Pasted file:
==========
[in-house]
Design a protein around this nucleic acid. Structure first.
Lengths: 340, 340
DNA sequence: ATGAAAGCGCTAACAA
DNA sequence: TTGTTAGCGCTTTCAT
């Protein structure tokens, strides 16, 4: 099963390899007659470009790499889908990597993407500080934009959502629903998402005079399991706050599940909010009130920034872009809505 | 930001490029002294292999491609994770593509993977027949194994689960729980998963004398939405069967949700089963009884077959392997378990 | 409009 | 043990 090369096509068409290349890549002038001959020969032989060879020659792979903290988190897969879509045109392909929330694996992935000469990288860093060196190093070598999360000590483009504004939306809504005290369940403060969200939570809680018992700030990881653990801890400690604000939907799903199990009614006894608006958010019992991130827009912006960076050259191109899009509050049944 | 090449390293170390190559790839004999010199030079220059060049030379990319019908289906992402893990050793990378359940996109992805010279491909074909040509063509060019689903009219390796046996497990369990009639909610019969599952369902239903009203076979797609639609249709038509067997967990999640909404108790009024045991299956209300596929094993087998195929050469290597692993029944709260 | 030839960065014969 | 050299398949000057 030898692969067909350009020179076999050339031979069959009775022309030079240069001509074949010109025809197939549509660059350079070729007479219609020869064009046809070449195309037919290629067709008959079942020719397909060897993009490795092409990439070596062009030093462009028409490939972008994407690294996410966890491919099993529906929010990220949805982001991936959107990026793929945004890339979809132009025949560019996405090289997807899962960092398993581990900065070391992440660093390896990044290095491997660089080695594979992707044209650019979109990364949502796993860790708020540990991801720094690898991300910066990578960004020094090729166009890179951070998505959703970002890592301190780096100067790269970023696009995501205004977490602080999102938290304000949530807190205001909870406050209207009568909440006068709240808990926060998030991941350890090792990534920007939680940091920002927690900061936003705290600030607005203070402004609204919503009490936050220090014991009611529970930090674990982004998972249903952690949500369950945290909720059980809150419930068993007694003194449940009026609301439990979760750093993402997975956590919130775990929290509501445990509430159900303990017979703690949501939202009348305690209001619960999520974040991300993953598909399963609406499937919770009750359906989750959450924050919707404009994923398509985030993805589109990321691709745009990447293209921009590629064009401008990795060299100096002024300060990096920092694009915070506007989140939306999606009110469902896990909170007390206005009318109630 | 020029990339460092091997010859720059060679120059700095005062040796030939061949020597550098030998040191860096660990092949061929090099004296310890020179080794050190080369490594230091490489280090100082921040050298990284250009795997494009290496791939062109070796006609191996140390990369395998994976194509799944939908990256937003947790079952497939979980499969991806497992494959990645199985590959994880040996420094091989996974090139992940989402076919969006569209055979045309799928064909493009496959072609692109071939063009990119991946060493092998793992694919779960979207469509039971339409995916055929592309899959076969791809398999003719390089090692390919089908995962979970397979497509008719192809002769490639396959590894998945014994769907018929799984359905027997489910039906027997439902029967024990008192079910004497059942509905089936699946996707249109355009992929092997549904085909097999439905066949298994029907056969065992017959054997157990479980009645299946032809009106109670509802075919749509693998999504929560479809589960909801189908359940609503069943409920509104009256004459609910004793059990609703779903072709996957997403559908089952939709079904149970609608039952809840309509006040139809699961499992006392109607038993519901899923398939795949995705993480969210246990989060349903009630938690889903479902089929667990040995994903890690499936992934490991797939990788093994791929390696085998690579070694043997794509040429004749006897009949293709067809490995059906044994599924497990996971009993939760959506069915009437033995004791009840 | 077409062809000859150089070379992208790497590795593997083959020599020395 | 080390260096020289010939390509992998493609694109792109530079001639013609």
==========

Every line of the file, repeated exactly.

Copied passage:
[in-house]
Design a protein around this nucleic acid. Structure first.
Lengths: 340, 340
DNA sequence: ATGAAAGCGCTAACAA
DNA sequence: TTGTTAGCGCTTTCAT
């Protein structure tokens, strides 16, 4: 099963390899007659470009790499889908990597993407500080934009959502629903998402005079399991706050599940909010009130920034872009809505 | 930001490029002294292999491609994770593509993977027949194994689960729980998963004398939405069967949700089963009884077959392997378990 | 409009 | 043990 090369096509068409290349890549002038001959020969032989060879020659792979903290988190897969879509045109392909929330694996992935000469990288860093060196190093070598999360000590483009504004939306809504005290369940403060969200939570809680018992700030990881653990801890400690604000939907799903199990009614006894608006958010019992991130827009912006960076050259191109899009509050049944 | 090449390293170390190559790839004999010199030079220059060049030379990319019908289906992402893990050793990378359940996109992805010279491909074909040509063509060019689903009219390796046996497990369990009639909610019969599952369902239903009203076979797609639609249709038509067997967990999640909404108790009024045991299956209300596929094993087998195929050469290597692993029944709260 | 030839960065014969 | 050299398949000057 030898692969067909350009020179076999050339031979069959009775022309030079240069001509074949010109025809197939549509660059350079070729007479219609020869064009046809070449195309037919290629067709008959079942020719397909060897993009490795092409990439070596062009030093462009028409490939972008994407690294996410966890491919099993529906929010990220949805982001991936959107990026793929945004890339979809132009025949560019996405090289997807899962960092398993581990900065070391992440660093390896990044290095491997660089080695594979992707044209650019979109990364949502796993860790708020540990991801720094690898991300910066990578960004020094090729166009890179951070998505959703970002890592301190780096100067790269970023696009995501205004977490602080999102938290304000949530807190205001909870406050209207009568909440006068709240808990926060998030991941350890090792990534920007939680940091920002927690900061936003705290600030607005203070402004609204919503009490936050220090014991009611529970930090674990982004998972249903952690949500369950945290909720059980809150419930068993007694003194449940009026609301439990979760750093993402997975956590919130775990929290509501445990509430159900303990017979703690949501939202009348305690209001619960999520974040991300993953598909399963609406499937919770009750359906989750959450924050919707404009994923398509985030993805589109990321691709745009990447293209921009590629064009401008990795060299100096002024300060990096920092694009915070506007989140939306999606009110469902896990909170007390206005009318109630 | 020029990339460092091997010859720059060679120059700095005062040796030939061949020597550098030998040191860096660990092949061929090099004296310890020179080794050190080369490594230091490489280090100082921040050298990284250009795997494009290496791939062109070796006609191996140390990369395998994976194509799944939908990256937003947790079952497939979980499969991806497992494959990645199985590959994880040996420094091989996974090139992940989402076919969006569209055979045309799928064909493009496959072609692109071939063009990119991946060493092998793992694919779960979207469509039971339409995916055929592309899959076969791809398999003719390089090692390919089908995962979970397979497509008719192809002769490639396959590894998945014994769907018929799984359905027997489910039906027997439902029967024990008192079910004497059942509905089936699946996707249109355009992929092997549904085909097999439905066949298994029907056969065992017959054997157990479980009645299946032809009106109670509802075919749509693998999504929560479809589960909801189908359940609503069943409920509104009256004459609910004793059990609703779903072709996957997403559908089952939709079904149970609608039952809840309509006040139809699961499992006392109607038993519901899923398939795949995705993480969210246990989060349903009630938690889903479902089929667990040995994903890690499936992934490991797939990788093994791929390696085998690579070694043997794509040429004749006897009949293709067809490995059906044994599924497990996971009993939760959506069915009437033995004791009840 | 077409062809000859150089070379992208790497590795593997083959020599020395 | 080390260096020289010939390509992998493609694109792109530079001639013609």